Forgotten presents

What do people buy as presents to take to a birthday party now? Particularly, boys, in times of virtual reality, what do people give? Are actual physical items bought, or are the gifts in the realm of online activity?

In my teenage years, reaching one’s eighteenth birthday was the big milestone.  Being eighteen meant that one could officially buy a drink in the pub where some of us had been drinking since the age of sixteen. It probably meant other things as well, but officially buying a pint was the most important.

But what presents did people take to an eighteenth birthday party? I cannot recall anyone taking gifts. What would we have taken? It was hard to remember what could have been taken to a birthday party. I remember being given Armed Forces by Elvis Costello and the Attractions, (I still have it in pristine condition) but that was as an Easter present. Could we have just turned up empty-handed at birthday parties? Was it acceptable to come without even a small token of affection for one’s host?

Birthday parties were in pub discos.  The pub provided the venue and the DJ (and sometimes even the invitations) and the person celebrating provided lots of customers for the bar. Perhaps the fact of being present at a party was a gift to the person. Being able to promise the pub a crowd of customers who would spend a lot of money at the late bar enabled the person to celebrate their birthday at no cost. But would you really have arrived and said, ‘happy birthday’ and passed them by to go to the bar?

It’s not as though the options for presents were plentiful. If gifts were bought, surely they would be remembered?  There were records, but what else? A bottle of wine in those times would have been something foreign and exotic. There were certainly bottles of Mateus Rose at student parties (a wine then considered the height of sophistication), but no-one would have considered it as a present, would they? Maybe chocolates for a girl? Maybe jewellery, if the girl commanded a particular place in the affections?

It is troubling that it is impossible to recall anything taken by anyone to any of the parties. If there was money for drinks, then some sort of gift would have been possible. Perhaps we all took gifts that we now prefer not to remember.

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What’s a geezer?

The school sports day is approaching and tutor groups discussed who from their groups would represent their house in a day of competitive athletics. A spirit of rivalry quickly emerged, no-one wanted to allow anyone to enter who did not have a serious chance of winning against the entrants from the three other houses. There are no illusions that participation is enough, it is winning that matters.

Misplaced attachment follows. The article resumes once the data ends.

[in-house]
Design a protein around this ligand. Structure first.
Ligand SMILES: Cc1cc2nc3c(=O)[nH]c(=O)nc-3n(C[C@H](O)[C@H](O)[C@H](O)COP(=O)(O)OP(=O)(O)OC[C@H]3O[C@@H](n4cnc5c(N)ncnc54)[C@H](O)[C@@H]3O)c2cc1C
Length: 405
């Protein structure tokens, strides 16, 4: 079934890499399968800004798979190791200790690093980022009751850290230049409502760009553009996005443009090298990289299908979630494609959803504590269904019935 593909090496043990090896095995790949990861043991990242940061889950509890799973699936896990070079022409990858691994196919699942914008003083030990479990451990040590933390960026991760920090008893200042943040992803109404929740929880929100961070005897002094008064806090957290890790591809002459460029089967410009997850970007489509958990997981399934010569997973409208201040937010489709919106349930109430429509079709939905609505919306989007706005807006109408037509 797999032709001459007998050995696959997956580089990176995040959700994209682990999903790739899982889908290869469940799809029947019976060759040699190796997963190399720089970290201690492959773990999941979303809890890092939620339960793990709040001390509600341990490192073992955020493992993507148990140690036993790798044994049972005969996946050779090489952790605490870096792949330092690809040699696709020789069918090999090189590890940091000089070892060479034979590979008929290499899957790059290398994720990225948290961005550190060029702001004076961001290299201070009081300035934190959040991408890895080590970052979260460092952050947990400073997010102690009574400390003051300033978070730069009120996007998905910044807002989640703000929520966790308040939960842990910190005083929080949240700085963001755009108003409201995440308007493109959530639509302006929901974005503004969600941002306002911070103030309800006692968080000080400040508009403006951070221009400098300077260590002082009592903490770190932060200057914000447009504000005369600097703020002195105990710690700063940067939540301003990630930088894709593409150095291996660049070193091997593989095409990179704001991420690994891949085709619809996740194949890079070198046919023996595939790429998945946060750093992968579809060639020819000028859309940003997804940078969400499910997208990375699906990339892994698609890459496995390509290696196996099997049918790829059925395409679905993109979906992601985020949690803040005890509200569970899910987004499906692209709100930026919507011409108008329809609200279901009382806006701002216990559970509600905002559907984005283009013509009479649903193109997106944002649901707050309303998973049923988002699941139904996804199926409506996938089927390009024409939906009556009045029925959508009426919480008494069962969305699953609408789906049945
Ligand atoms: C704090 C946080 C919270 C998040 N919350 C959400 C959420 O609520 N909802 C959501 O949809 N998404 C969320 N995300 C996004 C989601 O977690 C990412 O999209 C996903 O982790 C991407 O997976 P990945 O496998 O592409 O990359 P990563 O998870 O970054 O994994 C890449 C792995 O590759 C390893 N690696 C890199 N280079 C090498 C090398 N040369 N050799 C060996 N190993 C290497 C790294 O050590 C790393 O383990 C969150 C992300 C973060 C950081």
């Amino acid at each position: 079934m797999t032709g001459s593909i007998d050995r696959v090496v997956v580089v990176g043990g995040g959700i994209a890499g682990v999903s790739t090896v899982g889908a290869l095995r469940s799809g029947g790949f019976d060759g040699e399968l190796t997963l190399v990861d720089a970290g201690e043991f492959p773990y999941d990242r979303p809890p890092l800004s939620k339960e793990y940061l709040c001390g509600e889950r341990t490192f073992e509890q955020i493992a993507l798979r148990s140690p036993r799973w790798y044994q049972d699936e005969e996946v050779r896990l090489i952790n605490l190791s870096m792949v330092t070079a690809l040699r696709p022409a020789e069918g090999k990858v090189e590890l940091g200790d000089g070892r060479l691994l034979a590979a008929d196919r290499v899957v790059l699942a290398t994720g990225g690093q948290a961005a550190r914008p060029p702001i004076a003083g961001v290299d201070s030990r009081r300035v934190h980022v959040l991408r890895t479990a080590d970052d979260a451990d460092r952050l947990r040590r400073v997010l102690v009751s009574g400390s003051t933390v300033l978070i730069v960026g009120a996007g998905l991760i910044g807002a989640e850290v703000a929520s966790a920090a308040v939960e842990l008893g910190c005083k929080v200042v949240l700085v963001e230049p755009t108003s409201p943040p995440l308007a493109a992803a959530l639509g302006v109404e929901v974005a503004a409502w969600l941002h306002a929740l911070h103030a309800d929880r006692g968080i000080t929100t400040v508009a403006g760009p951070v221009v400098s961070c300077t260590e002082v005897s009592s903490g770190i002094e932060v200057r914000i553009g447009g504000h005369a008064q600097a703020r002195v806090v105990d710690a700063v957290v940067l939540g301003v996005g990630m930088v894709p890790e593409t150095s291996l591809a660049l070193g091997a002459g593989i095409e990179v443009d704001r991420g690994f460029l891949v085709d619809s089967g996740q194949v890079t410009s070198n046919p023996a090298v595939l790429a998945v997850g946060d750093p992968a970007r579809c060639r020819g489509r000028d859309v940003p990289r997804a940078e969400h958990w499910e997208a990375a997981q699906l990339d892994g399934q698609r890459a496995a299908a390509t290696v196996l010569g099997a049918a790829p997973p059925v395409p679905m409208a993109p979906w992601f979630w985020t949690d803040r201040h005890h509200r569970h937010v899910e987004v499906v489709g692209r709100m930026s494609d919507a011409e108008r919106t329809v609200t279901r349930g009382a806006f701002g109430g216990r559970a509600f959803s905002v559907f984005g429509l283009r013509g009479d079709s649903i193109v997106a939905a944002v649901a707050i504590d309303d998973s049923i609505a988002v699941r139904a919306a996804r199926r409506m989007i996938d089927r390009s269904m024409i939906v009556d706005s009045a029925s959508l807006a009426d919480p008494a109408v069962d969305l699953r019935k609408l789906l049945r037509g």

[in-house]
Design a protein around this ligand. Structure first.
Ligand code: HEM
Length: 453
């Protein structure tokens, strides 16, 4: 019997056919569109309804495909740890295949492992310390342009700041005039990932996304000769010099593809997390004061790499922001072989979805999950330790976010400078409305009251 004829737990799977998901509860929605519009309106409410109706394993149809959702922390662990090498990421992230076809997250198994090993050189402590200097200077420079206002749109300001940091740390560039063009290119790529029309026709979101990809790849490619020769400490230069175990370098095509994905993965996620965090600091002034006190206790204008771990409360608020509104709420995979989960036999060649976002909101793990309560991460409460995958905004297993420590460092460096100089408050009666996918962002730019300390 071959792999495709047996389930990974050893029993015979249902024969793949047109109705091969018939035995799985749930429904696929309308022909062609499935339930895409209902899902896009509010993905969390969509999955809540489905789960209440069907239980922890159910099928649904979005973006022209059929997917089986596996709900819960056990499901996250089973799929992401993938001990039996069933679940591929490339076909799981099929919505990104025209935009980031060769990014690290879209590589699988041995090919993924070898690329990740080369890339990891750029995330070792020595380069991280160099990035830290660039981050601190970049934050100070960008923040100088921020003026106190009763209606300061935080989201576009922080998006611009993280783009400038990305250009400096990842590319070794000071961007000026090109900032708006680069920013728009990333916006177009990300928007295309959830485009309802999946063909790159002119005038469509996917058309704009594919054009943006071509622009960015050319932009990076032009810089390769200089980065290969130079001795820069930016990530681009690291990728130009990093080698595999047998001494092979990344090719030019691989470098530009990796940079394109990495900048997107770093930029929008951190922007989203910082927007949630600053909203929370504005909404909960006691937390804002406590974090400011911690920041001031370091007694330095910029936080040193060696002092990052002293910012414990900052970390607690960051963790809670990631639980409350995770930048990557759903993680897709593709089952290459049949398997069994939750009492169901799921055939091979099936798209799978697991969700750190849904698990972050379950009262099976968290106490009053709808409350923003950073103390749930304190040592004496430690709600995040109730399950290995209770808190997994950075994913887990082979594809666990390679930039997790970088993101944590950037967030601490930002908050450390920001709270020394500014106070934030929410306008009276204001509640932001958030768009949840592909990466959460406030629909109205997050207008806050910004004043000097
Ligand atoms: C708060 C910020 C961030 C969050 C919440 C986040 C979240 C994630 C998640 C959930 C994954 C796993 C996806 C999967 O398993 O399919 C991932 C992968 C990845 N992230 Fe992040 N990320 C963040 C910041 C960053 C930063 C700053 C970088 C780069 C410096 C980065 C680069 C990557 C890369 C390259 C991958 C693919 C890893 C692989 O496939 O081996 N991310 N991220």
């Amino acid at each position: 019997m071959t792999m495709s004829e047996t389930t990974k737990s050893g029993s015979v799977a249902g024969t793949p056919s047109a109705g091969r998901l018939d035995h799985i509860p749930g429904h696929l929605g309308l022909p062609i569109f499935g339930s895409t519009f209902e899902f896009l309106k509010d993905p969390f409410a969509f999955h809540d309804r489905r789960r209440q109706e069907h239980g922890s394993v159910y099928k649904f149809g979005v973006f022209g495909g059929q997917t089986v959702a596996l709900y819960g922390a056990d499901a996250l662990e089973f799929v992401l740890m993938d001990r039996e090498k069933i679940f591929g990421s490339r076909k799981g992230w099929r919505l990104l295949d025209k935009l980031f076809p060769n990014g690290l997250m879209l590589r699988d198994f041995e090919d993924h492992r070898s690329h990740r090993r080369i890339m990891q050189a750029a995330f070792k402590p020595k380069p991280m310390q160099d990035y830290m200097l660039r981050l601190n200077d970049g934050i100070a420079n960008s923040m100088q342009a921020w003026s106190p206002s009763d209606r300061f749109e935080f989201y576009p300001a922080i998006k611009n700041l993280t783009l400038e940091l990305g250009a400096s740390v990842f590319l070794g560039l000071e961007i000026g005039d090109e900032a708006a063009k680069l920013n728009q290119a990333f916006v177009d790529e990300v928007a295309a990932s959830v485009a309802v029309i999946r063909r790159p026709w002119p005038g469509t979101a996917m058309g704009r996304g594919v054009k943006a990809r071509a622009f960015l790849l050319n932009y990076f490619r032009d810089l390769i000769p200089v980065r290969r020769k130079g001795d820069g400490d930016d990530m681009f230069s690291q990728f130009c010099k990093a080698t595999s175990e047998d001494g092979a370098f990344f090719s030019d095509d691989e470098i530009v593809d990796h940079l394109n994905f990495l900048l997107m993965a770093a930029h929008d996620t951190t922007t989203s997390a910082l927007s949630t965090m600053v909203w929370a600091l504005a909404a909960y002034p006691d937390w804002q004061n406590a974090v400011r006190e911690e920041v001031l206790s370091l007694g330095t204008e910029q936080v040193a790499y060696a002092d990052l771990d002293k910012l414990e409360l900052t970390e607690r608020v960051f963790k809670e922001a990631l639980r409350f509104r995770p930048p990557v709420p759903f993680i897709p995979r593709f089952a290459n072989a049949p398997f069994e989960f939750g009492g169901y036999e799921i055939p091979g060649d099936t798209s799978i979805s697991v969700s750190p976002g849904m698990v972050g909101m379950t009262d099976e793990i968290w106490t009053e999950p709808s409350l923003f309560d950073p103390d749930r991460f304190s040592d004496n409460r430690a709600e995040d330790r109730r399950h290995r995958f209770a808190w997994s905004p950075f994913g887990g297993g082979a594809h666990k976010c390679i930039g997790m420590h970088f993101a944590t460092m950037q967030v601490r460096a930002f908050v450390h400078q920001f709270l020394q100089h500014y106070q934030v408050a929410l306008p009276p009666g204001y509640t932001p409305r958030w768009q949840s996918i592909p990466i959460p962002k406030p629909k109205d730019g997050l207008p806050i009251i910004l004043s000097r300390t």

At the end of the day, walking to the school gate to supervise the safe departure of the two hundred Year 8 students, a student I knew well fell into step beside me.

“Are you entering the sports day?” I asked.

“Nah, sir. I have the body of a forty year old geezer.”

At most, he was a very slightly plump, it seemed a very odd answer.

“What’s a forty year old geezer like?”

“You know, sir. The men who sit in pubs and shout at the television when the football is on.”

“Do you know any geezers?”

“Not really, sir. My dad doesn’t drink.”

“Nor does mine,” said a boy who had appeared on the other side of me.

The concept of the forty year old geezer was new to me. “Why a forty year old?” I asked.

“Because, sir, that’s the age that geezers are.”

We reached the gate and the boys set off on their homeward walk.

“What’s a forty year old geezer like?” I asked a colleague standing at the gate.

“I don’t know,” he said, “I’m twenty-four.”

Another colleague responded, “I had a real crisis when I was forty. But I don’t think I was a geezer.”

Fifty years ago, when I was the age of the student, “geezer” was generally prefixed with “old.” It conjured visions of an old man in a raincoat and trilby hat walking down the street with a shopping bag in his hand. An old geezer would have been retired, he would have recounted stories of what life was like when he was young, he would have despaired of the young people he saw. A geezer would not have been just forty years old.